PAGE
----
While Trump sought to frame the indictments as politically motivated, President Biden was asked Thursday why Americans should have faith that the Justice Department was acting in accordance with the law.

“Because you’ll notice I have never once, not one single time, suggested to the Justice Department what they should do or not do, relative to bringing a charge or not bringing a charge. I’m honest,” Biden responded.

What Trump’s GOP rivals have said about another possible indictment

Prior to the indictment, some of Trump's Republican rivals for the GOP presidential nomination weighed in on the possibility of a second round of criminal charges against the former president.

Trump's former vice president, Mike Pence, who announced his own presidential candidacy on Wednesday, said in an interview that he hoped that the DOJ would not indict Trump.

"I would hope the Department of Justice did not move forward. Not because I know the facts, but simply because I think after years where we’ve seen a politicization of the Justice Department is to undermine confidence in equal treatment of the law,” Pence said on the campaign trail in Iowa.

But Pence issued somewhat contradictory statements on a possible Trump indictment, stating that “no one’s above the law.”

Former New Jersey Gov. Chris Christie said he would wait to see what the charges against Trump consisted of, but made clear that Trump had himself to blame if he was charged for his mishandling of the documents.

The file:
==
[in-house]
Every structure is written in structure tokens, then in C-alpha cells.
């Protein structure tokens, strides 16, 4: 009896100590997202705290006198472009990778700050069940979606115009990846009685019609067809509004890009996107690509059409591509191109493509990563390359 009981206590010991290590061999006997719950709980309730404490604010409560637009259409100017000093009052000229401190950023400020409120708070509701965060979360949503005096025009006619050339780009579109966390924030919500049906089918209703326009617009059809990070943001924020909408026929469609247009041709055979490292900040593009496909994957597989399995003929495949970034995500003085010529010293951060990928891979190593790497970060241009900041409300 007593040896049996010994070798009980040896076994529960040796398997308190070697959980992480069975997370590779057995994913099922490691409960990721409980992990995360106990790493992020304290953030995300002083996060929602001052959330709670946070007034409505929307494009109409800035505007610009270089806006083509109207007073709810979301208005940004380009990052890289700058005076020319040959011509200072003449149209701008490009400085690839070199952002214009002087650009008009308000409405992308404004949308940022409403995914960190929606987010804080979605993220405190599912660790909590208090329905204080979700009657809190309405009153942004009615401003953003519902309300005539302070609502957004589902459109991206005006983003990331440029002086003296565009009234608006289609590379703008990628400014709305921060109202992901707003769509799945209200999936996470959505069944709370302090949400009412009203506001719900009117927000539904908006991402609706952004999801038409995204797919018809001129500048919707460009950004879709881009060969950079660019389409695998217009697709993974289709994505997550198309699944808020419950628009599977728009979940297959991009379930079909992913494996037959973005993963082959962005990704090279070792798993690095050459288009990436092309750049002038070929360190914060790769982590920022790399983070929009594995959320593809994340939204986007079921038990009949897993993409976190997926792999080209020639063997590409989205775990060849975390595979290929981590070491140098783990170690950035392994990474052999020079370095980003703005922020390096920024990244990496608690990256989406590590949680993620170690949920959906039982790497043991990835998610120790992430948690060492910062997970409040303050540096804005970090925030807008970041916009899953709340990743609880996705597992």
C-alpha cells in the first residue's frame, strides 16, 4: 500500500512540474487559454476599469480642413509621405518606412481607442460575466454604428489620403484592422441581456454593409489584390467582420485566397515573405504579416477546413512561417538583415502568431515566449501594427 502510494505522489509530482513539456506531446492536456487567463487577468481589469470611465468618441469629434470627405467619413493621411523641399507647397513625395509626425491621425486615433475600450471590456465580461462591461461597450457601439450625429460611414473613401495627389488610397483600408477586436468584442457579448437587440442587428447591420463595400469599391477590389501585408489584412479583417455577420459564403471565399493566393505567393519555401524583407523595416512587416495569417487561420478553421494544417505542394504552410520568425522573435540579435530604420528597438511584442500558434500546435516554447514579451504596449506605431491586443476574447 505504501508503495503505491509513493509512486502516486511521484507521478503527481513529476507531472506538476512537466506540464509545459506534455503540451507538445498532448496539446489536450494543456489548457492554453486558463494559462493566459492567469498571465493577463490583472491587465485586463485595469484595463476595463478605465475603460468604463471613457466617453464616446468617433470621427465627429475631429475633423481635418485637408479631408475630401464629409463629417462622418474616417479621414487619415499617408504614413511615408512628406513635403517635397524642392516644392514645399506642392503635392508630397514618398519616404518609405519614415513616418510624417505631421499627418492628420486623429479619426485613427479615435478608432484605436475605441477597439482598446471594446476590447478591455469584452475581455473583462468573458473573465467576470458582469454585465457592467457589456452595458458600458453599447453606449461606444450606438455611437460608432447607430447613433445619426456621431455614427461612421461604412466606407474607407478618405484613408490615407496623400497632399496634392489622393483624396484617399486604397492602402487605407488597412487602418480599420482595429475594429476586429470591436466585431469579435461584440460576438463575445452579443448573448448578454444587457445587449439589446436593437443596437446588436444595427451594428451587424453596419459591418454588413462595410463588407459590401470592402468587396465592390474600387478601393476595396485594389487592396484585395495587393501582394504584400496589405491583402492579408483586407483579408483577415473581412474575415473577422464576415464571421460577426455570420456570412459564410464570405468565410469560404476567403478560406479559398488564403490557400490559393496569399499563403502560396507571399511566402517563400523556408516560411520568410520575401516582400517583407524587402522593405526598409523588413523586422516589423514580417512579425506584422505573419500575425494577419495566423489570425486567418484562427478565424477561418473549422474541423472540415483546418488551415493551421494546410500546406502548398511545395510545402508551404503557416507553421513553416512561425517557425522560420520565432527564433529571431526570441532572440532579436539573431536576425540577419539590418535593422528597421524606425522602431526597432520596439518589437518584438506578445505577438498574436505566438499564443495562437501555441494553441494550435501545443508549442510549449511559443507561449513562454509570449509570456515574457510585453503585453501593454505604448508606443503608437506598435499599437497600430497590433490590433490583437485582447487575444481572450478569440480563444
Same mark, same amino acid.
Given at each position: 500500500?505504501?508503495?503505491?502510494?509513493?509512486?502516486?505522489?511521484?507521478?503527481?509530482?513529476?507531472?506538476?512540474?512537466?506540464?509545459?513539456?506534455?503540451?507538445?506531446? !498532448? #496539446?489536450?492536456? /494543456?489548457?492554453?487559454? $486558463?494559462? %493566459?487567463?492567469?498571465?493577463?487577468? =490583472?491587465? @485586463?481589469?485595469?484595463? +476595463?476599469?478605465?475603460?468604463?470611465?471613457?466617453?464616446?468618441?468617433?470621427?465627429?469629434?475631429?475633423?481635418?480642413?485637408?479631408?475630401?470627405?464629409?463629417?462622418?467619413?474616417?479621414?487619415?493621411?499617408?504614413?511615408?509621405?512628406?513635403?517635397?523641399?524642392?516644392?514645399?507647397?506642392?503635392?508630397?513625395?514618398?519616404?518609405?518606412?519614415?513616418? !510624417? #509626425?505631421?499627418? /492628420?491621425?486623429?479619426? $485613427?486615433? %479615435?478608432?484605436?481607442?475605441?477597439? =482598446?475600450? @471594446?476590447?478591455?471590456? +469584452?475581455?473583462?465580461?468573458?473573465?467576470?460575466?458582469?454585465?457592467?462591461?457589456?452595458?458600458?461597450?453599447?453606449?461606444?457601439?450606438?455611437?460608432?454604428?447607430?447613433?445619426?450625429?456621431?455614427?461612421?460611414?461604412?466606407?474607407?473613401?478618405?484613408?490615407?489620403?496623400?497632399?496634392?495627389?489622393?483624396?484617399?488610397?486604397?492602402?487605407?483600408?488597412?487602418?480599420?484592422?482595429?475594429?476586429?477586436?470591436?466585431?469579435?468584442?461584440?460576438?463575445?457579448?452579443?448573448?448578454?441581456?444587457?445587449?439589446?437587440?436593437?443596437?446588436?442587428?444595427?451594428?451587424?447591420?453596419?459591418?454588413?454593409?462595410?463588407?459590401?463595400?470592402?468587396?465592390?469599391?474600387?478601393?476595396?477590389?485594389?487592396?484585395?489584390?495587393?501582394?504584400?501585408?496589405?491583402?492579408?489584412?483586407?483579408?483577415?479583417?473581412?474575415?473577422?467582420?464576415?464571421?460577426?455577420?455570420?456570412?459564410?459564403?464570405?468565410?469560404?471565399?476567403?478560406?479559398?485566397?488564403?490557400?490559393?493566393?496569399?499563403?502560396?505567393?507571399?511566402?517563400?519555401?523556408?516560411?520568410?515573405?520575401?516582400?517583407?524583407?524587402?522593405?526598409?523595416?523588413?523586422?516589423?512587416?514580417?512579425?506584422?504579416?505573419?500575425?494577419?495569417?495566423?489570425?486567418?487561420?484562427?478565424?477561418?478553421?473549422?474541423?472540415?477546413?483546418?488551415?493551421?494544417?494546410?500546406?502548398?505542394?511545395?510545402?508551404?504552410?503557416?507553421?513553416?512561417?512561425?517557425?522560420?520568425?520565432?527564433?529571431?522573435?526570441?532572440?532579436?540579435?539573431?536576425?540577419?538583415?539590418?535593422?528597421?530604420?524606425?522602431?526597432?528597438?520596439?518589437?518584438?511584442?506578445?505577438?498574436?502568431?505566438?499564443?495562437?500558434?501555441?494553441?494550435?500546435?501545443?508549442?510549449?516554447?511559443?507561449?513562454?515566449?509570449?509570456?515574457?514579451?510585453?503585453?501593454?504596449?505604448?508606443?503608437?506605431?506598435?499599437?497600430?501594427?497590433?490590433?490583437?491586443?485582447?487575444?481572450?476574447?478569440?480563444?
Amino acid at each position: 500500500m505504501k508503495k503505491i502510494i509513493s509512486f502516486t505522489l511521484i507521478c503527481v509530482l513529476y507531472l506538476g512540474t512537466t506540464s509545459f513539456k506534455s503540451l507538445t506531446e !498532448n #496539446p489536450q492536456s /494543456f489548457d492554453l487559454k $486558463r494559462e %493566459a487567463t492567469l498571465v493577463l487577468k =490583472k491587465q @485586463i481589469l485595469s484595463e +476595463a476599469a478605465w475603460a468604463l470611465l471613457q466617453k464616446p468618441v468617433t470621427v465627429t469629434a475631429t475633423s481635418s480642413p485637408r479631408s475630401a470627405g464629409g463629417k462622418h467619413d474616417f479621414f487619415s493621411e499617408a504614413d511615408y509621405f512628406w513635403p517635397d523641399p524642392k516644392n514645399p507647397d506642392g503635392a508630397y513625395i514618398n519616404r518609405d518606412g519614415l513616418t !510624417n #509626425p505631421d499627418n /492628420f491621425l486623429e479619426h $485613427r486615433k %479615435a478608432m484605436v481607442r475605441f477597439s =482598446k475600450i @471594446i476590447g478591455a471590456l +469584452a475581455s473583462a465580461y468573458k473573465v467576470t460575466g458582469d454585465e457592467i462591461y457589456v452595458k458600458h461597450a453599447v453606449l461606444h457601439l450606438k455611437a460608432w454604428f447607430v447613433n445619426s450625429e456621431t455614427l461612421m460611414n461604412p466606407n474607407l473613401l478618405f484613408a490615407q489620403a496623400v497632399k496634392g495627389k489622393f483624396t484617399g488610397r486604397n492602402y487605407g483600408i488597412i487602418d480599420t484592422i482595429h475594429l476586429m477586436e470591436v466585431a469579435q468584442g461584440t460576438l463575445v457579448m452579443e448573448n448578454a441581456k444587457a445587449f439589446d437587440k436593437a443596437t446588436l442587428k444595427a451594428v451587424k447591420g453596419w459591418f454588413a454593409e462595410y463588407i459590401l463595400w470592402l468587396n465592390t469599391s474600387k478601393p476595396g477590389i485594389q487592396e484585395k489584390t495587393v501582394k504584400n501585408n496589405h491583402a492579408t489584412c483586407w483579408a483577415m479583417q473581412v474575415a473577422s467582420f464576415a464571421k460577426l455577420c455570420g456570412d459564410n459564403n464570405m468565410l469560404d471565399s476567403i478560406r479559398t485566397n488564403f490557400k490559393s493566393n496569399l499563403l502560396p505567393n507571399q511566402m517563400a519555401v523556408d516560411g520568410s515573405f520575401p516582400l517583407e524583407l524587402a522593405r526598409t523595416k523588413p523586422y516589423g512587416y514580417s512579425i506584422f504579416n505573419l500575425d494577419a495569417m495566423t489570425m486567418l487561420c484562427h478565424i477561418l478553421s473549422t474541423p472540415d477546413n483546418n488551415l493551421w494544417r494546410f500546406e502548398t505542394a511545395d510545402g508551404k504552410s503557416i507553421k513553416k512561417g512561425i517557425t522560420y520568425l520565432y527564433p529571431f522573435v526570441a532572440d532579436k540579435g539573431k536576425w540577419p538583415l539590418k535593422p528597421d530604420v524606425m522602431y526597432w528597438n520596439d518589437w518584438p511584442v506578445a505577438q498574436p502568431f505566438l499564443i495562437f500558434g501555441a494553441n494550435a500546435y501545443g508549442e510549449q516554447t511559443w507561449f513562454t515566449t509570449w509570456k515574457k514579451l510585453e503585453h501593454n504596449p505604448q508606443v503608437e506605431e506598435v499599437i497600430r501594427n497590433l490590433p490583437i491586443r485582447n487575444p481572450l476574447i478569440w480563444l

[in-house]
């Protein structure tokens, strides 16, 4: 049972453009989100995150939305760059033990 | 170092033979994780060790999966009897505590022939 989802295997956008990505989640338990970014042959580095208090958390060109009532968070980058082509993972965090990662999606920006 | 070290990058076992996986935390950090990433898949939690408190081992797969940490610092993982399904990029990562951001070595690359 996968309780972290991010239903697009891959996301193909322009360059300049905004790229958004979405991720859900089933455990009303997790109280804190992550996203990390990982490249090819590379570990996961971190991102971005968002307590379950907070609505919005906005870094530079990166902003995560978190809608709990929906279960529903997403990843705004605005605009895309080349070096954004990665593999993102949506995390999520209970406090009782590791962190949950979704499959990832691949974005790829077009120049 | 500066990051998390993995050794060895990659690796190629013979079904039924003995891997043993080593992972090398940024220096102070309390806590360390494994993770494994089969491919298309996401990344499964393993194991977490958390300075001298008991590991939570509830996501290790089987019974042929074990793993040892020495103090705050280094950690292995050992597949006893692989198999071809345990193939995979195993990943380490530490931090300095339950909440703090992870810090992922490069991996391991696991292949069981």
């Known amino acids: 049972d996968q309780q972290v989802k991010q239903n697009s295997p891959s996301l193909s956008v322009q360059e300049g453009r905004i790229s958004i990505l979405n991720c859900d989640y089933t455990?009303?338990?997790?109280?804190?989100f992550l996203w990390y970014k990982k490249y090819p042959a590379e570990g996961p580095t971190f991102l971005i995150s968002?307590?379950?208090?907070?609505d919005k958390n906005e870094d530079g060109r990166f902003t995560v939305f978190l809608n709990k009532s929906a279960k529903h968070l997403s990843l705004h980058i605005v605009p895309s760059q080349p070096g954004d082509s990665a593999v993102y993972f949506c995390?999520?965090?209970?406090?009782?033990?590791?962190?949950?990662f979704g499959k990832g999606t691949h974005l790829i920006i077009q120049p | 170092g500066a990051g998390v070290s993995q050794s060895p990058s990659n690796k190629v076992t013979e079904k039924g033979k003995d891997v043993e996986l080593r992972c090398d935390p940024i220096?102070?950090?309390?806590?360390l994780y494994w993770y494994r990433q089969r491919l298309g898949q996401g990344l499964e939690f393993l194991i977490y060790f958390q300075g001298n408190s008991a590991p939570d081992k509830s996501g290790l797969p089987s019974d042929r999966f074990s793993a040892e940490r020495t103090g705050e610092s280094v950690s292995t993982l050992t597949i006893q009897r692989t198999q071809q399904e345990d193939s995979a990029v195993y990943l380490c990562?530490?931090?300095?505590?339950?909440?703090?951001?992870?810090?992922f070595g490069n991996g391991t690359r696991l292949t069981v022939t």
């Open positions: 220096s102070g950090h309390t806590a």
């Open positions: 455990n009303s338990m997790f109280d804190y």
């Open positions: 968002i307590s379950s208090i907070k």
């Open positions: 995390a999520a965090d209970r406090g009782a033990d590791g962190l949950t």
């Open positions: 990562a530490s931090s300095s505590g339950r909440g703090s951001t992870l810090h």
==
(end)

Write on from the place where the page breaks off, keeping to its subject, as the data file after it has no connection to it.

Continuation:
“The problem with all of this is that it’s self-inflicted. In the end, I don’t know that the government even knew that Joe Biden had those documents or not,” Christie, a former U.S. attorney, told Fox News, drawing a distinction between a Justice Department investigation into classified documents found at Biden’s home. “They did know Donald Trump did and in fact asked voluntarily for them for over a year and a quarter and got them back in dribs and drabs.”

Former Arkansas Gov. Asa Hutchinson was more succinct, saying Trump should “step aside” if indicted in the documents case.

Sen. Tim Scott, R-S.C., said the DOJ was guilty of weaponizing its investigation and that the “the determining factor for the 2024 election should be the voters,” ABC News reported.

Will the indictment hurt Trump?

Donald Trump
Former President Donald Trump at ta campaign event in Des Moines, Iowa, June 1. (Charlie Neibergall/AP)

While an April Yahoo News/YouGov poll taken after Trump's first indictment in New York on charges stemming form his alleged hush money payment to porn star Stormy Daniels show that Trump had solidified his support among Republican voters, it remains to be seen how a second indictment will play out with his party.

Trump wasted little time in using the news of his latest indictment to try to boost his standing.

"This is indeed a DARK DAY for the United States of America. We are a Country in serious and rapid Decline, but together we will Make America Great Again!" he wrote on Truth Social.

His campaign also jumped into action, seeking to fundraise off the latest news.